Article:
Spectacular images of Pluto’s surface have recently been hitting the headlines, made possible by the New Horizon Mission that on 19th January 2016, marked 10 years since the launch of this audacious spacecraft. Now however, insights into Pluto’s atmosphere by scientists studying groundbased stellar occultations of Pluto have revealed that the planet’s atmosphere is expanding, with a significant pressure increase of 5 (±2) % since 2013, ruling out an atmospheric collapse associated with Pluto’s recession from the Sun.
A stellar occultation occurs when the light from a star is blocked by an intervening body (in this case Pluto) from reaching an observer. Consequently, such occultations are very powerful tools in which to study tenuous atmospheres around remote bodies and was the method used to discover Pluto’s atmosphere in the first place, long before probes were sent to image its surface.
Other trans-neptunian objects such as Charon, Eris, Makemake and Quaoar were also analysed using this technique, and so far, none of the objects have exhibited atmospheres that are comparable to Pluto, taking into account the size differences between the bodies. This helps scientists to derive upper limits that constrain the physical conditions necessary for the appearance and maintenance of atmospheres around a body with a given ice composition and heliocentric distance.
Pluto’s atmosphere is in vapour-pressure equilibrium with the N2 ices on its surface. As the subsolar latitude and heliocentric distance of Pluto varies with its distance from the Sun, so too does the temperature of the volatile ices as a result of the amount of solar radiation that reaches Pluto’s surface. This has a knock-on effect on the surface pressure and it is expected to vary by orders of magnitude over the plutonian year (a year on Pluto lasts 248 Earth years!). Rather handily however, these strong seasonal effects can be monitored and analysed through stellar occultations here on Earth.
Scientists studying Pluto’s surface from several sites in New Zealand, have also reported on a central ‘flash’ observation that occurred during a recent occultation two weeks before the NASA New Horizons flyby of the Pluto system. This type of event can help researchers to make predictions about aspects of Pluto’s atmosphere. For example, previous studies of a flash event that occurred in 2007, concluded that the flash is consistent with Pluto having a transparent atmosphere rather than hazy one- a subject that has been hotly debated since it was first discovered that Pluto had an atmosphere at all.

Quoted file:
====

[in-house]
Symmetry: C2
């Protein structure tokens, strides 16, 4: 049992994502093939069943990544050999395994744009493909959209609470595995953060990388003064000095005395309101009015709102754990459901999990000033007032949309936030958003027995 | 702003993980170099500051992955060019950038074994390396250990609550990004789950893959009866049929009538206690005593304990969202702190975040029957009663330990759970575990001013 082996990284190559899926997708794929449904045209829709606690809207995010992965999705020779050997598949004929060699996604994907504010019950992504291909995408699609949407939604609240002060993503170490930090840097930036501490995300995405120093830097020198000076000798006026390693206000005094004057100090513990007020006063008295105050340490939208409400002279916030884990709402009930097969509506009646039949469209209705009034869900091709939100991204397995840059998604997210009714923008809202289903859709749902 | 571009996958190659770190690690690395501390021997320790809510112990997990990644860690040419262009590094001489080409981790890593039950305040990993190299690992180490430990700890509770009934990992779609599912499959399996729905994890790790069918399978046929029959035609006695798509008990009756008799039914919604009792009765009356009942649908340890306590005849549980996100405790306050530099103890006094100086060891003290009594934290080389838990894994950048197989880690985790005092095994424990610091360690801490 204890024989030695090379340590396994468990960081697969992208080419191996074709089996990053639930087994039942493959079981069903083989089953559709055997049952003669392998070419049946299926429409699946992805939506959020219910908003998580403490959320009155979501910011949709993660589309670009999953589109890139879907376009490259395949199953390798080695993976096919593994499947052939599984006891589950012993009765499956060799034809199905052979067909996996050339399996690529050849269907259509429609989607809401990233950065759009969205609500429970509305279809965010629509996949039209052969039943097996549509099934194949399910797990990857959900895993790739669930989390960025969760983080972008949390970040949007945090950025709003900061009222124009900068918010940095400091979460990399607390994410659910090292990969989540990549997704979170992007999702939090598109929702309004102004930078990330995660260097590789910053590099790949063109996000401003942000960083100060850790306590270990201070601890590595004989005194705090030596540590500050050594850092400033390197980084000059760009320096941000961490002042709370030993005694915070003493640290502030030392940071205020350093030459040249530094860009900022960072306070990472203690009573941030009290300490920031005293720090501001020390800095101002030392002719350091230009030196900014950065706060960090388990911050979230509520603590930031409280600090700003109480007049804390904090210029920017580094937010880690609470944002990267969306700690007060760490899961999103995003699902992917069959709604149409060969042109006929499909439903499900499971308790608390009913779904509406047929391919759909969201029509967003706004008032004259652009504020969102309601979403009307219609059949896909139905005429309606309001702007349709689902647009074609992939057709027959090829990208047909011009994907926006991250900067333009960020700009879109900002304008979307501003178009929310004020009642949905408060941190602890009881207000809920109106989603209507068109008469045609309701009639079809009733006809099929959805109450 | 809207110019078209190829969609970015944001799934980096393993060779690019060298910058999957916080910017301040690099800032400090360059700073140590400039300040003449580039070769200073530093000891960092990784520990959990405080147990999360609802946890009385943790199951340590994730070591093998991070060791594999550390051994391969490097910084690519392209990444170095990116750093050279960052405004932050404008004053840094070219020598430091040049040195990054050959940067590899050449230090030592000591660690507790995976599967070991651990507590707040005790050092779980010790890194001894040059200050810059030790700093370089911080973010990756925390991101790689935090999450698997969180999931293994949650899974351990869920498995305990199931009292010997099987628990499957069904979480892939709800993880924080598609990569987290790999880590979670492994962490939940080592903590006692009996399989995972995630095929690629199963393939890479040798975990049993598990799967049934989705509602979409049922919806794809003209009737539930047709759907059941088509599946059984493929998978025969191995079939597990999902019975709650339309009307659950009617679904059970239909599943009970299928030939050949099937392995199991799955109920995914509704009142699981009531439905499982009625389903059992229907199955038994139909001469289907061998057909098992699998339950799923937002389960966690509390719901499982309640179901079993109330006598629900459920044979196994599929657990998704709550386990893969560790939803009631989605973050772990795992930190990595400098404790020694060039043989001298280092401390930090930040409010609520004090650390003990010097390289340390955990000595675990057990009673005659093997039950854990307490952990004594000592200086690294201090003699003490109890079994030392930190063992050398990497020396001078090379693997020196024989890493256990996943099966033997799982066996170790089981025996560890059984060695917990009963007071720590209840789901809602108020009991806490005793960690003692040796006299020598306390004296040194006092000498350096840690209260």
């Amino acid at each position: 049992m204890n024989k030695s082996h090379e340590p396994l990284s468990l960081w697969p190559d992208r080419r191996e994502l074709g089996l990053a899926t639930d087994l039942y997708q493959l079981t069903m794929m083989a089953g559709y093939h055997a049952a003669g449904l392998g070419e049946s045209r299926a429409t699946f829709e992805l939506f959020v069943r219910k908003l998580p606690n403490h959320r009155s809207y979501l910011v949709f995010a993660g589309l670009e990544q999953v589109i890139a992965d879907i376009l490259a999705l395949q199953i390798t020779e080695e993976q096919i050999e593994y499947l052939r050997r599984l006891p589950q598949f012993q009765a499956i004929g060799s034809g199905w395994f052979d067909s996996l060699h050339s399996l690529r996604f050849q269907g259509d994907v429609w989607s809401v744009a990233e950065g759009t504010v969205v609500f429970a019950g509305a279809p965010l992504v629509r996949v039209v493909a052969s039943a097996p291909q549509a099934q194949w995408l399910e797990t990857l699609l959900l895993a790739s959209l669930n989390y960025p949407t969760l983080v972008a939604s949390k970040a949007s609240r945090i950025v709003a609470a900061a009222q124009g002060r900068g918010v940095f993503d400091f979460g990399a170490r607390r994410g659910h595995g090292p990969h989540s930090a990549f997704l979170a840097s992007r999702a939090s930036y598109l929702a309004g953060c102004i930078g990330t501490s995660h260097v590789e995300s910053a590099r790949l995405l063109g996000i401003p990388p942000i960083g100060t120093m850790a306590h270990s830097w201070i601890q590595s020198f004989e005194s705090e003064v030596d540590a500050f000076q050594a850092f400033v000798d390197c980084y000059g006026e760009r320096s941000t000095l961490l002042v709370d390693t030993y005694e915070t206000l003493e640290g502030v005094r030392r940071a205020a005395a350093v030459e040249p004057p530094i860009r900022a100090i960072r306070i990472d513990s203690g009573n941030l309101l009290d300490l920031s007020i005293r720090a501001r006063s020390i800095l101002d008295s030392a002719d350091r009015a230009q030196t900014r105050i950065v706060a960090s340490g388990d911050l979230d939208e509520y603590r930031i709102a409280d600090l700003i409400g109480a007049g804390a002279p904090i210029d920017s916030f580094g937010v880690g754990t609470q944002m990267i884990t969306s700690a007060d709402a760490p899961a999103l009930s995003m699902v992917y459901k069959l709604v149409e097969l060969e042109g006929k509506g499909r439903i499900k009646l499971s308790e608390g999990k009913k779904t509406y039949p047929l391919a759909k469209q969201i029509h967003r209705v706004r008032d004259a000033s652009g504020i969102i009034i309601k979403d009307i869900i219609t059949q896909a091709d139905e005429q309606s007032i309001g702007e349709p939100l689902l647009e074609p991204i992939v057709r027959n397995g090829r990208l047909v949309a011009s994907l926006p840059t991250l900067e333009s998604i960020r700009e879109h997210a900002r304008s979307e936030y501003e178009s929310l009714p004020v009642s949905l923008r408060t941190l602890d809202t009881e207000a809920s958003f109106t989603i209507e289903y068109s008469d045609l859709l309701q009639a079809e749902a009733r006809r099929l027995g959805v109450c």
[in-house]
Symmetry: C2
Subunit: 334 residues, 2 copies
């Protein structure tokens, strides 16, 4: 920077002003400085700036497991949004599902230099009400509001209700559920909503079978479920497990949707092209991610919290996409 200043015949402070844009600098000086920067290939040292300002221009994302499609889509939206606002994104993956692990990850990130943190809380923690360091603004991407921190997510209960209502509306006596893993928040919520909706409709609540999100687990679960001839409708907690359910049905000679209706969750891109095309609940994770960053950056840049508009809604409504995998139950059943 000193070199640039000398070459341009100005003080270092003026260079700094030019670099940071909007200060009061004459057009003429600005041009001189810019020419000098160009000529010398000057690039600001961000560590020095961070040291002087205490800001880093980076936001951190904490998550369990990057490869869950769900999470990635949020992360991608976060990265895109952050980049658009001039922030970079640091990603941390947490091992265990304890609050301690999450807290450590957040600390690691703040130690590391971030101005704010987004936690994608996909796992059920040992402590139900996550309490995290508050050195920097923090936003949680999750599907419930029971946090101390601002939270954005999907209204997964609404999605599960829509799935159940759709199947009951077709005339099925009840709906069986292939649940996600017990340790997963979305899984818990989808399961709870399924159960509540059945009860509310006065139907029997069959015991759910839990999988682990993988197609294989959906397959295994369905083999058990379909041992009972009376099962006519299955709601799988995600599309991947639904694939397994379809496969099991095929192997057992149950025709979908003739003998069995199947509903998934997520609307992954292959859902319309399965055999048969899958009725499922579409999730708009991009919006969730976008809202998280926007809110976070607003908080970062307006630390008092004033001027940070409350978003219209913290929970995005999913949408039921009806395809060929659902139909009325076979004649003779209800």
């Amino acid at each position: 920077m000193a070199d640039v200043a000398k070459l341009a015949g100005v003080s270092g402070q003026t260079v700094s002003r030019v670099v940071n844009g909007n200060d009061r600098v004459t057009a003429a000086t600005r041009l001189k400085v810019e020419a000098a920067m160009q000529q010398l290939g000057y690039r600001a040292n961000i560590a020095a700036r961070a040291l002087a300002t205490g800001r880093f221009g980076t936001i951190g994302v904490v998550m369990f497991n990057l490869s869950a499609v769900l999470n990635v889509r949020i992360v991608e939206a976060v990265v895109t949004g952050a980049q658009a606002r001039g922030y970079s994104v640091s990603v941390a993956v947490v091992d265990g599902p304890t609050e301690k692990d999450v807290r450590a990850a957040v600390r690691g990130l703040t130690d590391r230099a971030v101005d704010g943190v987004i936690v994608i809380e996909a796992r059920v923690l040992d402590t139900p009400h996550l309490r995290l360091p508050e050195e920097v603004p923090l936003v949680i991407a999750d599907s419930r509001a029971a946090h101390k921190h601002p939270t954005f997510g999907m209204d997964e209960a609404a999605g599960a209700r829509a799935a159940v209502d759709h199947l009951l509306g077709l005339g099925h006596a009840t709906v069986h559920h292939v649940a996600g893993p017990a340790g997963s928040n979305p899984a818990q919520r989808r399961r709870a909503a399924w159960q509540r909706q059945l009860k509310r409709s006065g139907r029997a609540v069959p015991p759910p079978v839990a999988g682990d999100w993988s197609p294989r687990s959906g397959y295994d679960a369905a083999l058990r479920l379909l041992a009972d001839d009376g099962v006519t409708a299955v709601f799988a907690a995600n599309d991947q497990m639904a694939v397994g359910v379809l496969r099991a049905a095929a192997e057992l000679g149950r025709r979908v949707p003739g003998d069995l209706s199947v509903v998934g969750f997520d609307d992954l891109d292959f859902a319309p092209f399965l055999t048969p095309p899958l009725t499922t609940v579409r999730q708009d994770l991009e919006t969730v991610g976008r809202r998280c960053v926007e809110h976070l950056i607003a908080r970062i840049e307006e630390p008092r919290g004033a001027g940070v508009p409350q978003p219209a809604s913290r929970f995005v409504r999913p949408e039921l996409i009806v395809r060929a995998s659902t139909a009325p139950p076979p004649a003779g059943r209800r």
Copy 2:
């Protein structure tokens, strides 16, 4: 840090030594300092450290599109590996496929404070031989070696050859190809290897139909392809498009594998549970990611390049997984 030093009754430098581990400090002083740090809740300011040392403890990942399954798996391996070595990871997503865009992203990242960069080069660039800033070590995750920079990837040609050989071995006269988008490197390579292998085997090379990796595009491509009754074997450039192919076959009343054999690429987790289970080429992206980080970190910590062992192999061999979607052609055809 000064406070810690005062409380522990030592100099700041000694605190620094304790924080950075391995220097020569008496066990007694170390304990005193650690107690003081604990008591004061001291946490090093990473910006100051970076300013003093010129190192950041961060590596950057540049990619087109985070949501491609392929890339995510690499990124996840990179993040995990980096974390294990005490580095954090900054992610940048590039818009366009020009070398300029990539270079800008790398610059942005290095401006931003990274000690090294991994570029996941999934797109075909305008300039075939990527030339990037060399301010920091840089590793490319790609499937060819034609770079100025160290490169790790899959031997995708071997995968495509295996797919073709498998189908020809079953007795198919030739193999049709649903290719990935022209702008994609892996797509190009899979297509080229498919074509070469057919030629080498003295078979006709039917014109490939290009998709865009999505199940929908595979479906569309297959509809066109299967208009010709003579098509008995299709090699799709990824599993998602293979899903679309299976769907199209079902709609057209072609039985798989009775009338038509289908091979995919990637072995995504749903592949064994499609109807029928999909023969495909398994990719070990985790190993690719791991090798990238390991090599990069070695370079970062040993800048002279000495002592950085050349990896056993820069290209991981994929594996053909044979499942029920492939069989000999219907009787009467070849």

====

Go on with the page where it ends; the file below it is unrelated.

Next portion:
This recent study of an occultation and flash event led by Bruno Sicardy from the Laboratoire d'etudes spatiales et d'instrumentation en astrophysique at the Observatoire de Paris, agrees with this previous hypothesis. The paper states that the flash shape and amplitude are compatible with a spherical and transparent atmospheric layer of roughly 3 km in thickness, whose base lies at about 4 km above Pluto’s surface and where an average thermal gradient of about 5 Kelvin per kilometre prevails. The authors also discuss the possibility that small departures between the observed and modeled flash are caused by local topographic features (mountains) along Pluto’s limb that block the stellar light. The paper concludes that Pluto’s atmospheric pressure has been increasing monotonically since 1988, with an augmentation of 5 (± 2) % between 2013 and 2015. This trend rules out an ongoing atmospheric collapse as Pluto heads away from the Sun and is most likely due to a permanent N2 ice cap at Pluto’s north rotational pole - a result that is seen in models with a high thermal inertia that analyse the energy balance between Pluto’s surface and its atmosphere.
Further information on the discovery can be read here www.arxiv.org